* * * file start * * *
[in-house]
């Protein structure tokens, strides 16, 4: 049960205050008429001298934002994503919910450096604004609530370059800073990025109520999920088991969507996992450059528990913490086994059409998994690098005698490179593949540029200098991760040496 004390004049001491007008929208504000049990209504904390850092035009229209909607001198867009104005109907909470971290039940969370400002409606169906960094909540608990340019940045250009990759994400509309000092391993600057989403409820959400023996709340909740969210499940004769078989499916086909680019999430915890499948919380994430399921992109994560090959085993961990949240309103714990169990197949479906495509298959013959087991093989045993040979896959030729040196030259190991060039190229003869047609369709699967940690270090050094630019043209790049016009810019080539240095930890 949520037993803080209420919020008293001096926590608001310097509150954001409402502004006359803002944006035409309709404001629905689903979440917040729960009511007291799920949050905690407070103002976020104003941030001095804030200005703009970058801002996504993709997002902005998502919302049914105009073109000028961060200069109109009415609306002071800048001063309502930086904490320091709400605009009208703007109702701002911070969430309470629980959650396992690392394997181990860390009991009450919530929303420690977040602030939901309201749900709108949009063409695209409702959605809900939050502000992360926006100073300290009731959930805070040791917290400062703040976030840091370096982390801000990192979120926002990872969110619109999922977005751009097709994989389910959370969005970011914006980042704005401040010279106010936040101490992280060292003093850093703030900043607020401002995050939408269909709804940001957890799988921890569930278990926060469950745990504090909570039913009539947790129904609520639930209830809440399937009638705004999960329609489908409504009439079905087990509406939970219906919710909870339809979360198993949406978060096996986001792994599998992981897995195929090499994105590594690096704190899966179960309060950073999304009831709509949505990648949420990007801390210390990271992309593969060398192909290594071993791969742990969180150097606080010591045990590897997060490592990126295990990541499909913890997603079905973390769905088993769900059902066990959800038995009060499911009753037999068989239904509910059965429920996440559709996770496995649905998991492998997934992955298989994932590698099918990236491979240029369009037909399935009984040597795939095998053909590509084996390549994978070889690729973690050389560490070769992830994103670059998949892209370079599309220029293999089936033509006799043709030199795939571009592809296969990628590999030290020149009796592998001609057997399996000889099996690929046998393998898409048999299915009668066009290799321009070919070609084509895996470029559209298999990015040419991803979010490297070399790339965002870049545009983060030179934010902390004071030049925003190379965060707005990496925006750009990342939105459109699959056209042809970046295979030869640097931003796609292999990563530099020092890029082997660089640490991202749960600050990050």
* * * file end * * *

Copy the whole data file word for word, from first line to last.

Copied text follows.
[in-house]
């Protein structure tokens, strides 16, 4: 049960205050008429001298934002994503919910450096604004609530370059800073990025109520999920088991969507996992450059528990913490086994059409998994690098005698490179593949540029200098991760040496 004390004049001491007008929208504000049990209504904390850092035009229209909607001198867009104005109907909470971290039940969370400002409606169906960094909540608990340019940045250009990759994400509309000092391993600057989403409820959400023996709340909740969210499940004769078989499916086909680019999430915890499948919380994430399921992109994560090959085993961990949240309103714990169990197949479906495509298959013959087991093989045993040979896959030729040196030259190991060039190229003869047609369709699967940690270090050094630019043209790049016009810019080539240095930890 949520037993803080209420919020008293001096926590608001310097509150954001409402502004006359803002944006035409309709404001629905689903979440917040729960009511007291799920949050905690407070103002976020104003941030001095804030200005703009970058801002996504993709997002902005998502919302049914105009073109000028961060200069109109009415609306002071800048001063309502930086904490320091709400605009009208703007109702701002911070969430309470629980959650396992690392394997181990860390009991009450919530929303420690977040602030939901309201749900709108949009063409695209409702959605809900939050502000992360926006100073300290009731959930805070040791917290400062703040976030840091370096982390801000990192979120926002990872969110619109999922977005751009097709994989389910959370969005970011914006980042704005401040010279106010936040101490992280060292003093850093703030900043607020401002995050939408269909709804940001957890799988921890569930278990926060469950745990504090909570039913009539947790129904609520639930209830809440399937009638705004999960329609489908409504009439079905087990509406939970219906919710909870339809979360198993949406978060096996986001792994599998992981897995195929090499994105590594690096704190899966179960309060950073999304009831709509949505990648949420990007801390210390990271992309593969060398192909290594071993791969742990969180150097606080010591045990590897997060490592990126295990990541499909913890997603079905973390769905088993769900059902066990959800038995009060499911009753037999068989239904509910059965429920996440559709996770496995649905998991492998997934992955298989994932590698099918990236491979240029369009037909399935009984040597795939095998053909590509084996390549994978070889690729973690050389560490070769992830994103670059998949892209370079599309220029293999089936033509006799043709030199795939571009592809296969990628590999030290020149009796592998001609057997399996000889099996690929046998393998898409048999299915009668066009290799321009070919070609084509895996470029559209298999990015040419991803979010490297070399790339965002870049545009983060030179934010902390004071030049925003190379965060707005990496925006750009990342939105459109699959056209042809970046295979030869640097931003796609292999990563530099020092890029082997660089640490991202749960600050990050």